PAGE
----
LINCOLN — A federal judge who has already dismissed one challenge to Nebraska’s denial of driver’s licenses to immigrants brought to the country illegally as children will now take up a related lawsuit.
Attorney General Jon Bruning last week obtained the transfer to federal court of a state lawsuit challenging the driver’s license policy. The case had been headed for a Sept. 30 bench trial in Lancaster County District Court.
On Tuesday, Chief U.S. District Judge Laurie Smith Camp ordered the case reassigned to her docket. Earlier this year, Camp threw out a similar lawsuit that originated in U.S. District Court.
Nebraska is the only state that denies driver’s licenses to young illegal immigrants who have obtained two-year renewable permits that allow them to live and work in the country. President Barack Obama ordered the Department of Homeland Security to start the Deferred Action for Childhood Arrivals program in 2012 despite an outcry from opponents of illegal immigration.
Gov. Dave Heineman ordered the State Department of Motor Vehicles to deny licenses to deferred action applicants, arguing that the state should not provide public benefits to immigrants lacking lawful status. The DMV’s former director then directed other staff members to carry out the policy statewide, according to an amended complaint filed last week by the three plaintiffs who have sued Heineman and the DMV.
The Nebraska policy means that nearly 3,000 people in the state who have received the deferred action permits are ineligible for driver’s licenses.
Lawyers for the American Civil Liberties Union argue that the governor violated the Nebraska Constitution by ordering a policy change without properly giving notice and holding public hearings. They also say the policy violates the equal protection clause of the Constitution by treating deferred action permit recipients differently from “similarly situated non-U.S. citizens” who apply for and receive licenses.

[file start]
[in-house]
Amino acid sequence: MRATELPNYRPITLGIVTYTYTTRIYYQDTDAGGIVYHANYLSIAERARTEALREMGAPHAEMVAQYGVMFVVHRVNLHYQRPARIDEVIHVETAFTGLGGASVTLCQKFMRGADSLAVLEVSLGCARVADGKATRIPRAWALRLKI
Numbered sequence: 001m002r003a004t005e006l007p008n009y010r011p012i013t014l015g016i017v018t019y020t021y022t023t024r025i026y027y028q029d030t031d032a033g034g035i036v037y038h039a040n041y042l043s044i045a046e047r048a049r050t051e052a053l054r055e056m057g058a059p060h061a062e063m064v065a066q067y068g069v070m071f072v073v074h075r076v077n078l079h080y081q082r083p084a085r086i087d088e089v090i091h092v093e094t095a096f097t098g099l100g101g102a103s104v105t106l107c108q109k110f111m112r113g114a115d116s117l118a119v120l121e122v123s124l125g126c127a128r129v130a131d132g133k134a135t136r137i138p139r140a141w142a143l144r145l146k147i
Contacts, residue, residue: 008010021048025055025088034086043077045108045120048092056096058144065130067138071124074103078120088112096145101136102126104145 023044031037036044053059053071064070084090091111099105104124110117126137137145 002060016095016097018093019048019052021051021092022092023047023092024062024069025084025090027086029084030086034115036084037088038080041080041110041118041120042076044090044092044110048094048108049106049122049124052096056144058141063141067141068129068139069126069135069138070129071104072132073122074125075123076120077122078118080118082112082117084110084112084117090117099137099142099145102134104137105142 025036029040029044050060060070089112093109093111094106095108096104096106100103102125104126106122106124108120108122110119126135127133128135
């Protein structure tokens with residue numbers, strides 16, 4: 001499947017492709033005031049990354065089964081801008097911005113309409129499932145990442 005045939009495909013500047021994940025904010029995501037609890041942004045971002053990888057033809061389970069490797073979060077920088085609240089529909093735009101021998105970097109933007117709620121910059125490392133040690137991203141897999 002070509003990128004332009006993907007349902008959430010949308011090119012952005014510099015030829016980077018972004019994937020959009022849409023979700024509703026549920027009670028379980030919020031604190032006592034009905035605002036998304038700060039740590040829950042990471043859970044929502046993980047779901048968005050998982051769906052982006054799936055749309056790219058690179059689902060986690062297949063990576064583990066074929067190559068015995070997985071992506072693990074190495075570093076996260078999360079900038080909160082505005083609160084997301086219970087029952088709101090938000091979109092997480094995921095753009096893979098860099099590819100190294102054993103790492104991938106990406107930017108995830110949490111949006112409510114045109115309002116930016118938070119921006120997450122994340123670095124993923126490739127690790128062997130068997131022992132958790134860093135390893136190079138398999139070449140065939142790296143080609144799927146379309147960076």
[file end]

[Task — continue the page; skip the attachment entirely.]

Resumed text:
Last week, Lancaster County District Judge Steven Burns denied the state’s motion to dismiss the lawsuit, meaning the case was destined for trial. But the attorney general argued the case should be removed from state court because the plaintiffs’ claims can only be resolved by federal law.
Amy Miller, legal director for ACLU of Nebraska, expressed disappointment over the state’s legal tactic.
“Removing this case to federal court with trial imminent is nothing but a last-ditch effort to maintain Gov. Heineman and the DMV’s unlawful practice of denying driver’s licenses to young immigrants the federal government has authorized to live and work in Nebraska,” she said.
The attorney general’s office did not respond to an email seeking comment.
Applicants to the federal program must have come to the U.S. before they turned 16, be younger than 30, have been in the country for at least five continuous years, be in school or have graduated from high school or a GED program, or have served in the military.
After the lawsuit was moved to federal court, it was assigned to U.S. Magistrate Judge Thomas Thalken before Camp took over the case.
In dismissing a similar suit in February, Camp said the plaintiffs failed to show that the state had been inconsistent in denying licenses to those unlawfully present in the country. Without specifics, the judge ruled the case lacked a genuine issue to be resolved at trial.
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